This sort of dedication may be expected from a member of a religious order, such as the prioress, who clearly approves of such a sacrifice. Indeed, the boy’s willingness to suffer multiple beatings for failure to study his primer could even be described as self-flagellation. The problem is that this boy is only seven years old. No amount of indoctrination is going to make a child that young eagerly accept physical abuse in exchange for the opportunity to memorize “by rote” (88) a song. He is not even going to truly study the song and its depths. How could he? He learned of the song by hearing other boys singing it. His peers, even the older ones, have only a superficial understanding of the prayers. So, too, does the prioress. Later on, the boy survives, temporarily at least, a vicious attack. The boy explains to an abbot that “for the worship of his moder dere Yet may I singe O Alma laude and clere” (220–221). Does it matter that he lacks all meaningful comprehension of the prayer? Not according to the prioress. He can mimic the sounds of the prayer and he worships Mary. That is more than sufficient for her. She doesn’t understand the prayer much better than he does; by her standard, he has done all that he needs to. After all, “in Chaucer’s day you were ignorant, or mad, or demonic to think that God did not exist, or could be anything other than the ultimate reality” (Besserman, 60). The laity did not need to spend much time contemplating metaphysics and ethics. However, a religion that lasts requires a careful and thorough examination of its fundamentals. Incoherent mysticism can gain an ephemeral following, but for a religion to survive a millennium, smart people must dedicate time and energy to the development of cohesive, internally consistent theological concepts and tenets. The prioress fails to comprehend the complexities of Catholicism. She reduces Christian virtue to rote memory of prayers. While such memory work is at least valuable in a Christian context, it is not fundamental to the religion.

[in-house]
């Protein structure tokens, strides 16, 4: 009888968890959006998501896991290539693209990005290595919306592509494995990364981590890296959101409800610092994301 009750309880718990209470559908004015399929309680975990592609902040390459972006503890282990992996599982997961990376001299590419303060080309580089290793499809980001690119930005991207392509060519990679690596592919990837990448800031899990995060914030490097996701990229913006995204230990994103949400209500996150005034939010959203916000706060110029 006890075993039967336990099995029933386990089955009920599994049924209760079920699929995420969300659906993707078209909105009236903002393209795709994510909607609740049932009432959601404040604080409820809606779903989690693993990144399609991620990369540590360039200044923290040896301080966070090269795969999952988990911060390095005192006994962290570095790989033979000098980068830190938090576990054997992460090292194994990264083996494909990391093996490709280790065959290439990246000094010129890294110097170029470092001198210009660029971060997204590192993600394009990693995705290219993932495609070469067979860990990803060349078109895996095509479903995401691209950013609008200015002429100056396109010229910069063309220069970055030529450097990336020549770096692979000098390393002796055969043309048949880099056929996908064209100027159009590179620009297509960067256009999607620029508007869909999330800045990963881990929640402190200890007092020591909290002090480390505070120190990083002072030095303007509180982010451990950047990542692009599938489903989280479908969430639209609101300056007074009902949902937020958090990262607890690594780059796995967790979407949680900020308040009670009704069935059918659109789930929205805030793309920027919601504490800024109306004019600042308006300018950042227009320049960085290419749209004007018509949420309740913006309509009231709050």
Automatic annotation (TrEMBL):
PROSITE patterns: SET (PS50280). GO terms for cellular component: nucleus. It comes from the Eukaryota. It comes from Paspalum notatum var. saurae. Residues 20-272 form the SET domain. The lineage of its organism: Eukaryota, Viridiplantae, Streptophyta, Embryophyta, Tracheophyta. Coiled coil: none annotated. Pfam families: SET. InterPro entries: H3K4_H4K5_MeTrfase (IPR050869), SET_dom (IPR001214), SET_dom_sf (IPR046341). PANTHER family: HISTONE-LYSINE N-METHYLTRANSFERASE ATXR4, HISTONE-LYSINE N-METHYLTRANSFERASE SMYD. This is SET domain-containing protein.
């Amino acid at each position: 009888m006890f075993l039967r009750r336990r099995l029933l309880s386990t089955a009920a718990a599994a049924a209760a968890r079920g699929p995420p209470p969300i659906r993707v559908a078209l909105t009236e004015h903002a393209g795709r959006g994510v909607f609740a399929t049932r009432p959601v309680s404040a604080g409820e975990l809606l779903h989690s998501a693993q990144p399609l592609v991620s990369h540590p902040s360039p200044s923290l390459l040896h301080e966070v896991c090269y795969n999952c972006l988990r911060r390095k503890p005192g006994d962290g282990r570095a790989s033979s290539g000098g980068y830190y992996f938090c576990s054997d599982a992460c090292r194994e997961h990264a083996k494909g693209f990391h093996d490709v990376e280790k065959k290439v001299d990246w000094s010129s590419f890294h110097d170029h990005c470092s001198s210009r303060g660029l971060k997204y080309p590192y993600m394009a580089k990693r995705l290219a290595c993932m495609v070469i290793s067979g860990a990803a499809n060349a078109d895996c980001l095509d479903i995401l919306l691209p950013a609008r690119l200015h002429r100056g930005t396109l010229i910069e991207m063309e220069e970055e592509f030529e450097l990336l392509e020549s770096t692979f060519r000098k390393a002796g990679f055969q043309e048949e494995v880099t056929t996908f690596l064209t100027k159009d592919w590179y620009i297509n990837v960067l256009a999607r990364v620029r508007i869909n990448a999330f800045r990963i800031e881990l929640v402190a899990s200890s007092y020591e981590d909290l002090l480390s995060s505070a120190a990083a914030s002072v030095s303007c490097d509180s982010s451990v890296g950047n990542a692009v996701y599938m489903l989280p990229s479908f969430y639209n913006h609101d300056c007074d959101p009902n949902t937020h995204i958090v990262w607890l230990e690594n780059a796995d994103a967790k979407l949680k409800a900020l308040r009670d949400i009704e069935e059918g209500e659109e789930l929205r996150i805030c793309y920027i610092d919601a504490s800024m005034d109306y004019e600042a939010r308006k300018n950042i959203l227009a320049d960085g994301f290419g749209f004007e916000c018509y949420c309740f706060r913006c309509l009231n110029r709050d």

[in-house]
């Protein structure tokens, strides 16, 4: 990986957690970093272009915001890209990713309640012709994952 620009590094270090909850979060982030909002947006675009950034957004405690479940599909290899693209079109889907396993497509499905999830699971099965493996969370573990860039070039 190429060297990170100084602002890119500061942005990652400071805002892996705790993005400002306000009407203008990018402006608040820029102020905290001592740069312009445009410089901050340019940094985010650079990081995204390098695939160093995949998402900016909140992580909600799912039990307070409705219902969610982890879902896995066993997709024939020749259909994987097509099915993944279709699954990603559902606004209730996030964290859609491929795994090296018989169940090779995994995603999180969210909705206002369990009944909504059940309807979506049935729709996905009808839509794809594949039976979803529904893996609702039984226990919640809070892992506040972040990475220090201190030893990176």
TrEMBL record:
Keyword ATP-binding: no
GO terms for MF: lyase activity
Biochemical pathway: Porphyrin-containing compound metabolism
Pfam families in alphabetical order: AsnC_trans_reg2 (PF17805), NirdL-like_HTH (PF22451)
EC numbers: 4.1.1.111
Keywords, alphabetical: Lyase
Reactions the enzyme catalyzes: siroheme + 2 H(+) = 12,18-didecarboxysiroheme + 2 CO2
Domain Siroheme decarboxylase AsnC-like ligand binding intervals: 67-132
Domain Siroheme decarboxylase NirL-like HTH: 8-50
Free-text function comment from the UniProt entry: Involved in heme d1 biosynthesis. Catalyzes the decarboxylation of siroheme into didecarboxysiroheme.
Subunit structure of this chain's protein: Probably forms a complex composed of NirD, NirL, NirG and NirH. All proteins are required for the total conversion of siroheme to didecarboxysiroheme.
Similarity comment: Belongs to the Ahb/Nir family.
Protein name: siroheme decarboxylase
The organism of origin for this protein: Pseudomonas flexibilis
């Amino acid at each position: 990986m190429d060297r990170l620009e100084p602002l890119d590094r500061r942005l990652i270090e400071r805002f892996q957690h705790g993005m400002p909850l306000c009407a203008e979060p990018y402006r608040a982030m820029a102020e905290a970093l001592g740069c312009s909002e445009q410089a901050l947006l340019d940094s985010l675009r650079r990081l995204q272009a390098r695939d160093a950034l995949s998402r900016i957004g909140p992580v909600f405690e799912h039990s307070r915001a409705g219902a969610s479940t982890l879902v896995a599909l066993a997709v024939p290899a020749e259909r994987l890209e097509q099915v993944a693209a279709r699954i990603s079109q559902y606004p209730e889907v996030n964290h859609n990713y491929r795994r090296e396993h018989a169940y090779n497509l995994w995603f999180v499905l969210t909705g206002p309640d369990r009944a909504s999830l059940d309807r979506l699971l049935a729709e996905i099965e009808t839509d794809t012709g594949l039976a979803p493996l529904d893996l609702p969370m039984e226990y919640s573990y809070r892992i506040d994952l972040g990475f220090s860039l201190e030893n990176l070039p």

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Risks of Outsourcing Computer Software and Hardware support

January 13th, 2011 No comments

Outsourcing is when a company turns to external resources at other companies to do tasks they once did internally. Outsourcing may be done to draw on external expertise, such as hiring legal specialists or certified auditors. However, outsourcing is frequently done to save money by shifting work to companies that gain efficiencies from large scale by being specialized. This outsourcing creates risks for firms that outsource software and hardware support.

1. Loss of control

Server support is now determined by both the policies of the outsourced firm and by corporate policy. Employees of the outsourcing firm may follow their own policies first and your policies second. Outsourcing firms can dictate service level agreements and penalties if standards are not met, but they cannot control how work is performed. Companies that outsource work must also cede control of contractors to the managers who direct their activities.

2. Added feedback delays

Instead of calling an internal support staffer to resolve a problem, customers must call an outsourcing firm for help. This frequently results in calls being received by a first level technician following a script. If the problem requires advanced skill sets, there is additional delay in transferring the call to a subject matter expert or putting in a ticket for them to call a user back. The need to pass through an intermediary adds delays to customer support. If problem does require the subject matter expert, they may need to travel to the site to resolve the problem. This delay may not occur when in house staff can walk down the hall and solve the problem.